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Jasper-area ag student takes trip to China

By Renae B. Vander Schaaf

Date Modified: 07/08/2013 2:44 PM

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JASPER, Minn. — Brandi Raatz jumped at the chance to see China's agriculture.

The daughter of Craig and Angie Raatz helps out on the family's farm near Jasper.

South Dakota State University has offered agricultural students a trip to China for the past two years.

The 14-day trip started in Shenzen, where the students visited an outdoor fish market. From there the 33 students and four chaperones rode a hot pink and lime green bus to a fish farm. The ponds were built in squares with gates to separate fish species.

"Everything is compact," said Raatz. "Every square inch is used without much space left between ponds. The workers lived on site, married and single people were housed in one building, sharing a kitchen."

A trip to the office of Agricultural Affairs in Guangzhou gave the visitors an idea of the trade relationship between China and the United States.

"The most interesting thing I learned there was that there number one concern is to keep their people fed and happy," said Laura Schoneman, daughter of Nanno and Kathy Schoneman from Bingham Lake. "Their livestock industry would be much smaller if it was not for the U.S." she said.

Fellow student David Berning agreed.

"China cannot survive without the United States, and the United States would not survive without China,'' he said. Berning is the son of Mark and Julie Berning, of St. Michael.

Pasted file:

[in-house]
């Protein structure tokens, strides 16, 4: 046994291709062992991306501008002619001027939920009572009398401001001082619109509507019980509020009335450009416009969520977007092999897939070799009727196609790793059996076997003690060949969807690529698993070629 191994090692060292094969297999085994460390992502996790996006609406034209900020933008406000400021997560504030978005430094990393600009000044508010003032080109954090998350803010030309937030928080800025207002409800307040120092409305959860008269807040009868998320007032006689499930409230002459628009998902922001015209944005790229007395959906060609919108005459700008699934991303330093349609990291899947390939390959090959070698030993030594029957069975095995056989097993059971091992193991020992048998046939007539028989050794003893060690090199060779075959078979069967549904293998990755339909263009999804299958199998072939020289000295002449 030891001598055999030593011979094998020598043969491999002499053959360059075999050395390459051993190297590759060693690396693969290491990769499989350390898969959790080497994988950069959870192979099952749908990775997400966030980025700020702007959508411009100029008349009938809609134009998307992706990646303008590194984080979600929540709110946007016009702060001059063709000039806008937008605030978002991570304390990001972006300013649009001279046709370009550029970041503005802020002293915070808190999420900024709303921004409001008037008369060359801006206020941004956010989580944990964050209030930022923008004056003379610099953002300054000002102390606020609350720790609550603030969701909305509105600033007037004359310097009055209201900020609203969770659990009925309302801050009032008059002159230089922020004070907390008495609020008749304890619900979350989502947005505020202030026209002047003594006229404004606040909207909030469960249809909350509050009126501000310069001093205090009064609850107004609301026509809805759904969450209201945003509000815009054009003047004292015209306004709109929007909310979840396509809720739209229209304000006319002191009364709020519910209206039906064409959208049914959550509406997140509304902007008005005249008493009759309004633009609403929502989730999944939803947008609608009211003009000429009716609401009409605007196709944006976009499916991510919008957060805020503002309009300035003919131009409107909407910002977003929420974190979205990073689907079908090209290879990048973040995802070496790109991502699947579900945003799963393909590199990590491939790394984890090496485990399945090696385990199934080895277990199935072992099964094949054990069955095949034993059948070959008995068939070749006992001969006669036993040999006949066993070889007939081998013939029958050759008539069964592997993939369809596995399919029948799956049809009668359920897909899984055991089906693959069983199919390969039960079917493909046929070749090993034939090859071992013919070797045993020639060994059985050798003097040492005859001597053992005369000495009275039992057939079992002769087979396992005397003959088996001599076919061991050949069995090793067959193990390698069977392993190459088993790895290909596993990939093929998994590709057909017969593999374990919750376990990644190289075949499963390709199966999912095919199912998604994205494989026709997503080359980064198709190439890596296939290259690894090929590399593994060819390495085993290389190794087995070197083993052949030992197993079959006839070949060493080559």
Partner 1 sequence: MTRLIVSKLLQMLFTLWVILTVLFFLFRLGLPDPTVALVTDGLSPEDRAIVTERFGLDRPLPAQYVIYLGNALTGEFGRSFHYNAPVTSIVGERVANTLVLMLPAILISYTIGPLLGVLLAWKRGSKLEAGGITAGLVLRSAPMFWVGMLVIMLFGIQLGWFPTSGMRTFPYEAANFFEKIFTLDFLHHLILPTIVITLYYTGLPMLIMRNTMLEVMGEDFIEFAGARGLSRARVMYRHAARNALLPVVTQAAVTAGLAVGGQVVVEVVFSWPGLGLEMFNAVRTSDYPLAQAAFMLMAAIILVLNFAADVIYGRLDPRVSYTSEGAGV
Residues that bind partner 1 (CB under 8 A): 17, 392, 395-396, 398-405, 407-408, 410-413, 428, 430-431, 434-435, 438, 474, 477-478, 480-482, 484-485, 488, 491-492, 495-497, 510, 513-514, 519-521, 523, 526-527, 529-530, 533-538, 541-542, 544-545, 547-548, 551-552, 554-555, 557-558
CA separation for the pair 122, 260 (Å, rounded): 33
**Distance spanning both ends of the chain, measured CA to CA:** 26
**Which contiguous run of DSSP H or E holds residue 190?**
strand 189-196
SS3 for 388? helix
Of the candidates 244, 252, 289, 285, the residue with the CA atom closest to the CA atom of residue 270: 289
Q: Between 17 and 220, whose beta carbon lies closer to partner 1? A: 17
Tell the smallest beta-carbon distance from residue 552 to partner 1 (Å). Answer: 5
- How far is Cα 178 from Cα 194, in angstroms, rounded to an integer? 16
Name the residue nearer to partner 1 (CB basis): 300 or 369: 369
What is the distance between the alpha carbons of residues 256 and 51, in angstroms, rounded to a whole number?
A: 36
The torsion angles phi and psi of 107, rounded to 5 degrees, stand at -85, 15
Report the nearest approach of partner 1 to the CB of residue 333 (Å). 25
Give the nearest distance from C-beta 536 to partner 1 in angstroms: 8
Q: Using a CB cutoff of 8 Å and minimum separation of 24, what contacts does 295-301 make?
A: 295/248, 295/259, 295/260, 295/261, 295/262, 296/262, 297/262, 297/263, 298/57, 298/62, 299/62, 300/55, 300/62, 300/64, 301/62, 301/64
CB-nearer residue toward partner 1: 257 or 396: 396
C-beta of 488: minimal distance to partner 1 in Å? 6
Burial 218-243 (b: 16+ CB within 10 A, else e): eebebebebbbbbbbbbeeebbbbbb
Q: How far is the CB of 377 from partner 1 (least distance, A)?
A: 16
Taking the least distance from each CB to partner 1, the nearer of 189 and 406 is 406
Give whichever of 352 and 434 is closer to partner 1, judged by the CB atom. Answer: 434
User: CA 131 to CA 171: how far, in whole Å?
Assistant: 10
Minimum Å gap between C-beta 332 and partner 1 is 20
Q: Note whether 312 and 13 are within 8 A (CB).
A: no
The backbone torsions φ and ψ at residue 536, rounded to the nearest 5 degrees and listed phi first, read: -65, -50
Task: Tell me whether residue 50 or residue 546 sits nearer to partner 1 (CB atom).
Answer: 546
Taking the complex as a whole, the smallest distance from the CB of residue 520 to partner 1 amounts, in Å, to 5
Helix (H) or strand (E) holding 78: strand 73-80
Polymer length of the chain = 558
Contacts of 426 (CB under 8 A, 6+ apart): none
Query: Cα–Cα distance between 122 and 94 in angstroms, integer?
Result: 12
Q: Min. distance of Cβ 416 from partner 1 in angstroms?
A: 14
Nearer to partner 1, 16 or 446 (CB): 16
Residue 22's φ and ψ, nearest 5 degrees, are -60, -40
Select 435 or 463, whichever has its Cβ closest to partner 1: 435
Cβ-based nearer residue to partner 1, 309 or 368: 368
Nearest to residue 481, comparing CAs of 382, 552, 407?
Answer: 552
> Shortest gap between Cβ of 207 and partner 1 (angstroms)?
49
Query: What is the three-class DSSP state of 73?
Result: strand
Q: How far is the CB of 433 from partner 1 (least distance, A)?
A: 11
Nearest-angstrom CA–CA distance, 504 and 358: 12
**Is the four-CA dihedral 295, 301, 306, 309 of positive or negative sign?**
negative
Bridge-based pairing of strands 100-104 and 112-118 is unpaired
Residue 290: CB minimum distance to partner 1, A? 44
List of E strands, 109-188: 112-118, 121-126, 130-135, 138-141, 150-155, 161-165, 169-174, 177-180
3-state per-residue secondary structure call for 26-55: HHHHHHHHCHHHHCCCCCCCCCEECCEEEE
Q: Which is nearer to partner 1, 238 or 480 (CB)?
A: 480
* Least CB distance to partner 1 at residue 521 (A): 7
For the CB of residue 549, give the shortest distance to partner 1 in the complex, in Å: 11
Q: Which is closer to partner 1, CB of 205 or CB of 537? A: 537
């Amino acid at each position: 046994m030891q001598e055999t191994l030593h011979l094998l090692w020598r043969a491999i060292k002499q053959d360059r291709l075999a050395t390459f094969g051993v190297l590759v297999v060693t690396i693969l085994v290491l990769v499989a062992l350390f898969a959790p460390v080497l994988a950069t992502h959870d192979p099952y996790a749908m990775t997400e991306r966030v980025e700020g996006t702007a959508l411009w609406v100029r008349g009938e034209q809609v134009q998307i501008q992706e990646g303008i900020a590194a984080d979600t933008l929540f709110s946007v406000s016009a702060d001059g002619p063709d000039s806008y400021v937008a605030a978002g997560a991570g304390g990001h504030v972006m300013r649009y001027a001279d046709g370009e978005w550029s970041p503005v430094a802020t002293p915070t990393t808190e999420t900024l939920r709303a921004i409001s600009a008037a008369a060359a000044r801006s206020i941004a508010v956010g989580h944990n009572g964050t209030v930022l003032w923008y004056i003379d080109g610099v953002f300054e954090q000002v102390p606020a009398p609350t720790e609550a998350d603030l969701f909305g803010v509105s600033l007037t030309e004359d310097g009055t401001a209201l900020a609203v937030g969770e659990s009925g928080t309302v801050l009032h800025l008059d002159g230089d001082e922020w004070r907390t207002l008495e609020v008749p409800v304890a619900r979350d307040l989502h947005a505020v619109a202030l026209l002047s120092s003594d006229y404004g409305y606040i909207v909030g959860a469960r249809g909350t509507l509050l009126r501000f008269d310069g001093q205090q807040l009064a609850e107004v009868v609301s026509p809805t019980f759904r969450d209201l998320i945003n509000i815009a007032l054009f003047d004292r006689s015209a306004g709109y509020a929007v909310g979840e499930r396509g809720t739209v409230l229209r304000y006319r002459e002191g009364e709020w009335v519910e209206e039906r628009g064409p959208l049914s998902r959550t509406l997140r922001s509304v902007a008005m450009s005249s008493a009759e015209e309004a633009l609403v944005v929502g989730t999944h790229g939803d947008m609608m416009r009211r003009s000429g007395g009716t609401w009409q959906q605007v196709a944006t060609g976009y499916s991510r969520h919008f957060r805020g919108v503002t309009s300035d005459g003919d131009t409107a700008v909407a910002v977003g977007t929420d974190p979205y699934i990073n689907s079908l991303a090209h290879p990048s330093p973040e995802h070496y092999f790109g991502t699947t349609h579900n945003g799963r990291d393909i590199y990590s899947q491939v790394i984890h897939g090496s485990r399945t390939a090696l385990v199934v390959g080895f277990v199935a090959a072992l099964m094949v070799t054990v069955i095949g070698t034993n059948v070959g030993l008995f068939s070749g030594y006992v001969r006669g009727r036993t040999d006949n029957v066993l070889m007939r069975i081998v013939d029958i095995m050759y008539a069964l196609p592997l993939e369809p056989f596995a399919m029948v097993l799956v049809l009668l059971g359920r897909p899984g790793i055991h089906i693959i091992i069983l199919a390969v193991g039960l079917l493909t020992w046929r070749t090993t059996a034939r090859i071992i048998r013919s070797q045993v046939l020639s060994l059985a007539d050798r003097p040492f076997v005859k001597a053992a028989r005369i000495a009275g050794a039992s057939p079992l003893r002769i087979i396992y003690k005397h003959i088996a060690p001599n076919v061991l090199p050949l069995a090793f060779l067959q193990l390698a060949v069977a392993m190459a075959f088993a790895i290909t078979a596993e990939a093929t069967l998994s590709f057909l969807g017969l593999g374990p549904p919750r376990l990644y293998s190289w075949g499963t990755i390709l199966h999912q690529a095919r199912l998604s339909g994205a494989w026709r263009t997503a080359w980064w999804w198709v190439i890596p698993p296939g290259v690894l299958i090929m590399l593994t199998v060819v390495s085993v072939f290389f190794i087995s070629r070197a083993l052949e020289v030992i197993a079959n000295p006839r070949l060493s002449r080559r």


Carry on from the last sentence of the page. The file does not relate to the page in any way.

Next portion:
A stop at fruit and vegetable market provided insight into how the Chinese shop.

"In a year four thousand tons of fruit are sold and eight thousand tons of vegetables are sold at this market," Raatz said.

At a government-owned feed mill, imported soybeans were ground into meal.

A dairy farm provided another view. Berning said the farm wasn't impressive.

"The farm we visited practiced limit feeding," said Berning. "The cows had very low body condition scores. Cows also had very low production partly due to the quality of feed and ration."

The cows were housed in a typical free-stall barn; but there wasn't a parlor. Two or three times a day the cows were locked in head locks by the feed bunk. A milker and bucket moved down the line to milk the cows and would attach to a milk line.

The beef farm had 500 head.

"They were fed for a much longer period of time about 26 months to reach a finishing weight of about 1,000 pounds. They also were given a special beer to be mixed in with their water, said John Weber, son of Alisa and Bruce Weber of St. Paul.

The group also visited a Pioneer Hi-Bred facility.

"In northern China there are larger fields like ours in the United States that would be farmed similar to the United States and they are run by the government," said Berning.

The May trip was organized and led by professors Robert Thaler and Rebecca Bott, of South Dakota State University in Brookings.